This Bitter Earth: Killer of Sheep

A husband and wife dancing slowly to Dinah Washington’s This Bitter Earth. The temptation of achieving security through crime.   A dirt clod war between teenage boys in an abandoned construction site. The fear that one has failed as a man. The washing away of sheep blood. The hope of a transcendent moment. A bicycle spinning down the street carrying three young smiling boys.

Poverty. Dysfunction. Anger. Depression. Failure. Disappointment.

Such is the universe in Charles Burnett’s powerful and criminally overlooked film Killer of Sheep. It is a hard-hitting work of art from a unique filmmaker for his time.

Black cinema in the 70’s is usually defined as an era of blaxploitation films such as Shaft, Foxy Brown, Blackula, and Sweet Sweetback’s Badass Song. Although sometimes far from technically or narratively perfect these films had a powerful voice and vision that demanded to be heard.

Even though it was also made in the 70’s Killer of Sheep is an entirely different animal.

It is in black and white, but it demonstrates that life is anything but.

Incidentally Nathaniel Dorksy describes the film perfectly when writing about Italian neo-realists. “The quality of the filmmaking is primitive yet graceful, extremely intelligent but without vanity or polish.”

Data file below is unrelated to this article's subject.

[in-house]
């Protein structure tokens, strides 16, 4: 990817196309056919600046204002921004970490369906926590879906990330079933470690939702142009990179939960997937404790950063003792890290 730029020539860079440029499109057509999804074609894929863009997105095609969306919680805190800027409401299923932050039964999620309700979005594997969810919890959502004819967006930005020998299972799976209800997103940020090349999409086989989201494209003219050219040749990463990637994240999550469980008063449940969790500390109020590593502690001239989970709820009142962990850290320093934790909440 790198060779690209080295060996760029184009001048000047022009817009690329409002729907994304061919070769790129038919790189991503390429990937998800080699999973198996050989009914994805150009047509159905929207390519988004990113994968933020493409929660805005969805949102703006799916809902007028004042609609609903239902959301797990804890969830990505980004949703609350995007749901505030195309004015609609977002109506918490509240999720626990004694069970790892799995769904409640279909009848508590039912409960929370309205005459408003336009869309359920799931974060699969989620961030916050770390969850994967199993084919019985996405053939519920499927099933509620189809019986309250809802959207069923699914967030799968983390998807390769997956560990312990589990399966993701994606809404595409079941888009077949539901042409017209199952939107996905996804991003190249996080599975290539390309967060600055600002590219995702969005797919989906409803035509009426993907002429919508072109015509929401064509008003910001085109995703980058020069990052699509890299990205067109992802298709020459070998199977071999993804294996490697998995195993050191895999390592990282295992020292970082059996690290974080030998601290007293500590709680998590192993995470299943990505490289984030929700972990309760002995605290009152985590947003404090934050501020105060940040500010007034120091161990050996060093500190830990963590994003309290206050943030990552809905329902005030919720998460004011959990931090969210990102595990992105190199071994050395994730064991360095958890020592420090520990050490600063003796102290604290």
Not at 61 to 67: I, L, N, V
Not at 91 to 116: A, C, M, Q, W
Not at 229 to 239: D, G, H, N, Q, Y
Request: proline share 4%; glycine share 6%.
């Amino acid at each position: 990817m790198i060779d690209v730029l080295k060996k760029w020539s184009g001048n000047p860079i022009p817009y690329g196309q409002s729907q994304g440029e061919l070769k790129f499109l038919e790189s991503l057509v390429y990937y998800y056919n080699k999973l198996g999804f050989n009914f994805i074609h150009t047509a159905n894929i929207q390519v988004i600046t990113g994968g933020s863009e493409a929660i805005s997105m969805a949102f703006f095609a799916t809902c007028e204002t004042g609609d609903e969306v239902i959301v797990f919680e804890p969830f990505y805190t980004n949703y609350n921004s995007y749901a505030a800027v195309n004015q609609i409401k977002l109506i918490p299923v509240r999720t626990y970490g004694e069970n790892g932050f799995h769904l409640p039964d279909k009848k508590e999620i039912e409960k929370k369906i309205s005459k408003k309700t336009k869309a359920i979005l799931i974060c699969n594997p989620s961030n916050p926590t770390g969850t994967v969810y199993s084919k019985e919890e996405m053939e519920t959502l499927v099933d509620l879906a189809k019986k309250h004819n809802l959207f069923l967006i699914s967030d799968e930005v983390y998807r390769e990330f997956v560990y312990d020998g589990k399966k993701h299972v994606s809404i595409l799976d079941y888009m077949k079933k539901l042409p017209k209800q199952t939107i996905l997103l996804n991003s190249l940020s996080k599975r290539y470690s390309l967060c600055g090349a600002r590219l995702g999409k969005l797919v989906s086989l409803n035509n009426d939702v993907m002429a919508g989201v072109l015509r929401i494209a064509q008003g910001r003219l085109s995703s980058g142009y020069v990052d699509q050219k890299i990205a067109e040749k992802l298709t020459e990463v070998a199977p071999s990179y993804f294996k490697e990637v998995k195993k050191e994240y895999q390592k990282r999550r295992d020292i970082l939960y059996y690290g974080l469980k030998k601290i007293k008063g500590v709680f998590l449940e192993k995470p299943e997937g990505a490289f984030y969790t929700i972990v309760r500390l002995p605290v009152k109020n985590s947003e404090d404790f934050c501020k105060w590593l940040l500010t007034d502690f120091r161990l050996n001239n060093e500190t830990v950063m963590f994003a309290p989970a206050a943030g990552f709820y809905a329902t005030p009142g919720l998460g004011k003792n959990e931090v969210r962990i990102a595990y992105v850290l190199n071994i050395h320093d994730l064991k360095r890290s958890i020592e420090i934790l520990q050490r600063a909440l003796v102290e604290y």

Seemingly inspired by what the Italian neo realists accomplished Burnet presents the viewer with a slice of life picture of a suburban African American community. He does this by honing in on one broken family and following them in vignette-like fashion through out their daily routines and encounters.

Depressed and numb, the father of this family works the night shift at a local sheep slaughterhouse. Dispirited to the point of emotionally isolating himself from his family he is unable to escape the feeling that he has lived a failed life.

His wife is constricted to the home, where she can only fix the house and hope that life will get better. Besides how her appearence and the appearence of the house she is powerless.

Their teenage son becomes more and more distant as the film goes along.  Although he finds his freedom with his friends, this boy couldn’t be more dislocated from his own flesh and blood.

Their four-year-old daughter watches the dysfunction; she like the audience is an observer.

There are plenty more characters that inhabit the screen, their faces also full of pain, but sometimes joy as well.

The themes of gender, childhood innocence, urban ruin, and the meaning of life are so subtly articulated that it isn’t until the credits are rolling that the viewer feels the weight of what has just been witnessed. It is then that one is haunted by the images. It is then the viewer is thankful that this vastly important film was made, but also saddened that the picture it paints was and is a reality for a lot of communities.

Although not officially released in the United States until 2006 due to copyright issues Killer of Sheep is both a significant historical landmark and a film that transcends time in its uncanny ability to discover and display the soul in all its painful messy beauty.


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